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Deep Bluegrass

10 MAY 13 JOHN C. BRUENING

Mandolinist and vocalist Doyle Lawson, one of primary voices in modern bluegrass, worked with numerous bands and musicians throughout the '60s and '70s before assembling Foxfire in 1979. Foxfire quickly became known as Quicksilver, and the band recorded nearly 30 albums over the next three-and-a-half decades. You Gotta Dig A Little Deeper, the band's 2009 debut on Rounder, features the lineup of bassist Barry Scott, guitarist Jamie Dailey, banjoist Terry Baucom, and fiddler Jesse Stockman.

The dozen tracks encompass elements of bluegrass, country and gospel -- all woven into a set of songs written by Lawson and his bandmates as well as prominent country and bluegrass songwriters like Pete Goble, Porter Wagoner and Robert Gateley.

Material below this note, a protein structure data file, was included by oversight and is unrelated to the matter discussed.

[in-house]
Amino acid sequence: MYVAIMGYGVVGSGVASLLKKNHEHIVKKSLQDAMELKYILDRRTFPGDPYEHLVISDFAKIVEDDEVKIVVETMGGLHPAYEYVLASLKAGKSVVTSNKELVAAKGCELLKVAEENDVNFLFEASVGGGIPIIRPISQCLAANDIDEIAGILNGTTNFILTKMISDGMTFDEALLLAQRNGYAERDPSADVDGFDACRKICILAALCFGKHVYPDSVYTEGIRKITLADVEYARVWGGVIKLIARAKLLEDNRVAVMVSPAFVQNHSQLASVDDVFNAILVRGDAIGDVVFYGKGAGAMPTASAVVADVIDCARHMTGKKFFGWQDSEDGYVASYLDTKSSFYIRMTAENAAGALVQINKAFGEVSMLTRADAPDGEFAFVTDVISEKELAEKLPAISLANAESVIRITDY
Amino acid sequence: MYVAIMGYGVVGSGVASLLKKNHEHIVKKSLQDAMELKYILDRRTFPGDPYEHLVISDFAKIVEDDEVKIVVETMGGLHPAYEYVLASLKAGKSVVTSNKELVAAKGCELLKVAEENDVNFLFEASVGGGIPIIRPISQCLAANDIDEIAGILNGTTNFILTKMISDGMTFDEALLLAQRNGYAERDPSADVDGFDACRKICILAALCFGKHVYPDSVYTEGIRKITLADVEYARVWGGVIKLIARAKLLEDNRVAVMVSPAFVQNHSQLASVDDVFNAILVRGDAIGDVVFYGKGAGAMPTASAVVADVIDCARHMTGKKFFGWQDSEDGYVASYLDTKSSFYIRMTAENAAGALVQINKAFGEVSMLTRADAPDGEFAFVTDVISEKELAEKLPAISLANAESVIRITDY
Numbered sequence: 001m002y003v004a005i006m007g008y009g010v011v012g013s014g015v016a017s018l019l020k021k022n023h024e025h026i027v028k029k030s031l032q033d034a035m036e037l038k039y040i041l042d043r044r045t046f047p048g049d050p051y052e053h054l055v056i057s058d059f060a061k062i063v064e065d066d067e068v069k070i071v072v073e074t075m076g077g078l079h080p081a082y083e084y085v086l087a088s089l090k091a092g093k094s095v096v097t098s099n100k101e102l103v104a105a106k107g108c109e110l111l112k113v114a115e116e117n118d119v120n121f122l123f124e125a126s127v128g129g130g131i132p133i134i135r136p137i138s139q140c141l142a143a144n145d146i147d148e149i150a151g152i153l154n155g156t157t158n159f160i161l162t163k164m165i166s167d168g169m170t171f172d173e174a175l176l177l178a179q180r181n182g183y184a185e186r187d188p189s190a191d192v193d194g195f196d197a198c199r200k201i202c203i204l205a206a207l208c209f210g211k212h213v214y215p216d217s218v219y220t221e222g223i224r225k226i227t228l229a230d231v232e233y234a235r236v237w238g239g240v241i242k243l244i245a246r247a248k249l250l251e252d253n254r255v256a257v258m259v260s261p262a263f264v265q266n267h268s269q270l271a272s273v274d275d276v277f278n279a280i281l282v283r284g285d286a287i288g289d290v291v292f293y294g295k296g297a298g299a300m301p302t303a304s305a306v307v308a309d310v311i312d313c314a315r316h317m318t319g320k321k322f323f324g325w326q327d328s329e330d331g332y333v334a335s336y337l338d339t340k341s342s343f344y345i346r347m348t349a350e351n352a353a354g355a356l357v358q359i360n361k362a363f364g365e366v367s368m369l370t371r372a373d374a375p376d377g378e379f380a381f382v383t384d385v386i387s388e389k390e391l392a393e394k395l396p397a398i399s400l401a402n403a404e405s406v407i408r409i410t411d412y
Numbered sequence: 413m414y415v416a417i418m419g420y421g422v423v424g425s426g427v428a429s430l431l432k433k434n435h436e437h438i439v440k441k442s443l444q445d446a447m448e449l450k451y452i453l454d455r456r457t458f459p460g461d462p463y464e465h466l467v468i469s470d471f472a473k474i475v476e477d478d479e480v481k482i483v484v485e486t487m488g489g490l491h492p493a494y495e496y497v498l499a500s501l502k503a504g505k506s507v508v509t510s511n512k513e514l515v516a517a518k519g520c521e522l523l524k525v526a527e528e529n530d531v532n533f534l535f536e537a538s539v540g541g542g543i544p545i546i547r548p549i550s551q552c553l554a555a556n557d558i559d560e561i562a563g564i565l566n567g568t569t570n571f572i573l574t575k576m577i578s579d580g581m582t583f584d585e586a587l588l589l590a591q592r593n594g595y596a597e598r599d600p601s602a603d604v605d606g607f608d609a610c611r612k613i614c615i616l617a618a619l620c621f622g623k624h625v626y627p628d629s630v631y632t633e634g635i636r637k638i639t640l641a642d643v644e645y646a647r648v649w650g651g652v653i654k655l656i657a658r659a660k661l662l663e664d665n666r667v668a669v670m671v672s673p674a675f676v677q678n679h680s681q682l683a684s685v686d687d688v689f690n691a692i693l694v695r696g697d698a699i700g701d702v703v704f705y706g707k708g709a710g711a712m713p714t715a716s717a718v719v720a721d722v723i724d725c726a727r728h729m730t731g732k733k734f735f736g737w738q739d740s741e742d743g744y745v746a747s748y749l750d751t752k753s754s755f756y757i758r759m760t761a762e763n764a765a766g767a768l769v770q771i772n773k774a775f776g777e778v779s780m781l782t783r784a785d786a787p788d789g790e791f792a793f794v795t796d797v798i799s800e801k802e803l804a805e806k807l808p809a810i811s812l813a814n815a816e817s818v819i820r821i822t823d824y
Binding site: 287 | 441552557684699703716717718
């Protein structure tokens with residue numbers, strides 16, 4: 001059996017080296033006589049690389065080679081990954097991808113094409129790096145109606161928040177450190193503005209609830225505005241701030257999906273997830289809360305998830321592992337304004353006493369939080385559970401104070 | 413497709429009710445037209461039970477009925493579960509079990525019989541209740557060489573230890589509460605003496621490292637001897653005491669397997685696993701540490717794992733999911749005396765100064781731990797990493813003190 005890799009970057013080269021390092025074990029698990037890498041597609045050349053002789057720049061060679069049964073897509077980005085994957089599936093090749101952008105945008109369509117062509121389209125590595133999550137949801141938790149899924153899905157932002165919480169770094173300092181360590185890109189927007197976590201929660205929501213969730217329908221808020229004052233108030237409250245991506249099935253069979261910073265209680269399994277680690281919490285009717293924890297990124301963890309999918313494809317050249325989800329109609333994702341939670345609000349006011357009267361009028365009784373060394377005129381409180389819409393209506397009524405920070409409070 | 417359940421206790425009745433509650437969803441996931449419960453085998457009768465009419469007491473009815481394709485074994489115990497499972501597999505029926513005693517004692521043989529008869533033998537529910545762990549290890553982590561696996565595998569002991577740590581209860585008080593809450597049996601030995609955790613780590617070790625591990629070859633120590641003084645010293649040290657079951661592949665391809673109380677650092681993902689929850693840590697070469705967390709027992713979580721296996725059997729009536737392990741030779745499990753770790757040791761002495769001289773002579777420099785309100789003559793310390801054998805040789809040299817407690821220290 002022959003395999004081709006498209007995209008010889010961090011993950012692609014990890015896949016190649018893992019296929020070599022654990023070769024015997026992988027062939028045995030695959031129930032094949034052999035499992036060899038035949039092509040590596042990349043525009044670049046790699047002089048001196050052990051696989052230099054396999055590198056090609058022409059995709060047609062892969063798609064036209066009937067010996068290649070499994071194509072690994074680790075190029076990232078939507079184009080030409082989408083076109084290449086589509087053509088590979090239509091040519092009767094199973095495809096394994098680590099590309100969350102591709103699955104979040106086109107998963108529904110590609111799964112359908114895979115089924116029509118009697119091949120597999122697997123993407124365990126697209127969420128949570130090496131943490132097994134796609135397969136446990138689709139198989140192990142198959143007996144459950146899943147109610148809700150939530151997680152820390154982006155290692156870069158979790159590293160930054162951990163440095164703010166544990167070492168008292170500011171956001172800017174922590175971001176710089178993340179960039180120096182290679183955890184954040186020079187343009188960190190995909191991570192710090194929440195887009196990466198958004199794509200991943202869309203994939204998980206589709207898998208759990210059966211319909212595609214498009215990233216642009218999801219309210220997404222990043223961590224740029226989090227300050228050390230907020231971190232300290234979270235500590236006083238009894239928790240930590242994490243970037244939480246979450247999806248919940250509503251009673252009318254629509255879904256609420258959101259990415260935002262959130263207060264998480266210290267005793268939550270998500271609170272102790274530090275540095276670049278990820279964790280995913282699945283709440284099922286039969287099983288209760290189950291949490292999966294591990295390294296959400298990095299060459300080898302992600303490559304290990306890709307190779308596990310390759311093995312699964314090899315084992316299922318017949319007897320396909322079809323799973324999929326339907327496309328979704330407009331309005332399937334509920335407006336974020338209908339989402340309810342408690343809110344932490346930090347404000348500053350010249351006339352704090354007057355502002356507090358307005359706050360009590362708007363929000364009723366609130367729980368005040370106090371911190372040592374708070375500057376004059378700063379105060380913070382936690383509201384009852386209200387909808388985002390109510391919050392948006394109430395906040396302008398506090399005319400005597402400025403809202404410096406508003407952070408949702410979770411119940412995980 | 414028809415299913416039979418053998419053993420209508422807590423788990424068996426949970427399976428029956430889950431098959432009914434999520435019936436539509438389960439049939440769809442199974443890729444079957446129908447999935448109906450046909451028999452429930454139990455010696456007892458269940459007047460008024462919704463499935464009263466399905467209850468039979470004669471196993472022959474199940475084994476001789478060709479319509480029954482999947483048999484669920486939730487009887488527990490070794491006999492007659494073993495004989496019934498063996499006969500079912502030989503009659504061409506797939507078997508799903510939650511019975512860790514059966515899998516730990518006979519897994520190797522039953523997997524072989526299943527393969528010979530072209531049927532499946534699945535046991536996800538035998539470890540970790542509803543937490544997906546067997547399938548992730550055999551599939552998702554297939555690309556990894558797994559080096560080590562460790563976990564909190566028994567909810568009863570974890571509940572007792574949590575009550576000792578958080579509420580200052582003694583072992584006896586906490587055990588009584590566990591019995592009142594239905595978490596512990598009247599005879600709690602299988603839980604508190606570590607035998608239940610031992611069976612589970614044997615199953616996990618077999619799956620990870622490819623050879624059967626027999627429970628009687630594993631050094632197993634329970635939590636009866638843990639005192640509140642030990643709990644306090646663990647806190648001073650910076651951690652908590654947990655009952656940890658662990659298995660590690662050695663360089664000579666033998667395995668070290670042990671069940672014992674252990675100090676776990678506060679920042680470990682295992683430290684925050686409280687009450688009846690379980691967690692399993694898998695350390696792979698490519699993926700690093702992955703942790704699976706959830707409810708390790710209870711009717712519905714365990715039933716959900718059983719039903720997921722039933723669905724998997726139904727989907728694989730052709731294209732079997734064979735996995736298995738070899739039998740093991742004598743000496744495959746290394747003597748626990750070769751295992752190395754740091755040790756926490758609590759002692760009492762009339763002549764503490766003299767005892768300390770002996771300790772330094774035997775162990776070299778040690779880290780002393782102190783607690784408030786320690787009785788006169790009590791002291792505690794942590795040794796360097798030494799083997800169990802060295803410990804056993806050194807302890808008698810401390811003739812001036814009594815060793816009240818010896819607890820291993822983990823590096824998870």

The set starts with the paradoxically mournful yet locomotive-paced "Heartbreak Number Nine," a tune by Scott and Bailey that showcases fast-paced banjo/mandolin interplay along with and airtight vocal harmonies. Midway through the set, "Saving Grace" is a heart-wrenching ballad about the ravages of old age. Grace is a woman whose mind is slipping into dementia, and the song is a tribute to her devoted husband of forty years who continues to care for her.

But there's plenty of room on Dig A Little Deeper for the upbeat, as evidenced by the instrumental "Rosine" and the devotional "Girl From West Virginia," two tracks that follow "Grace" with a much more buoyant sensibility.

"Clearly this man has made a difference," says Grand Ole Opry announcer Eddie Stubbs in his liner notes to this recording. "His work speaks for itself and he has the awards to confirm this. Nevertheless, Doyle Lawson is not ready to retire or rest on his laurels. There is so much more that he wants to contribute. He must always dig a little deeper."



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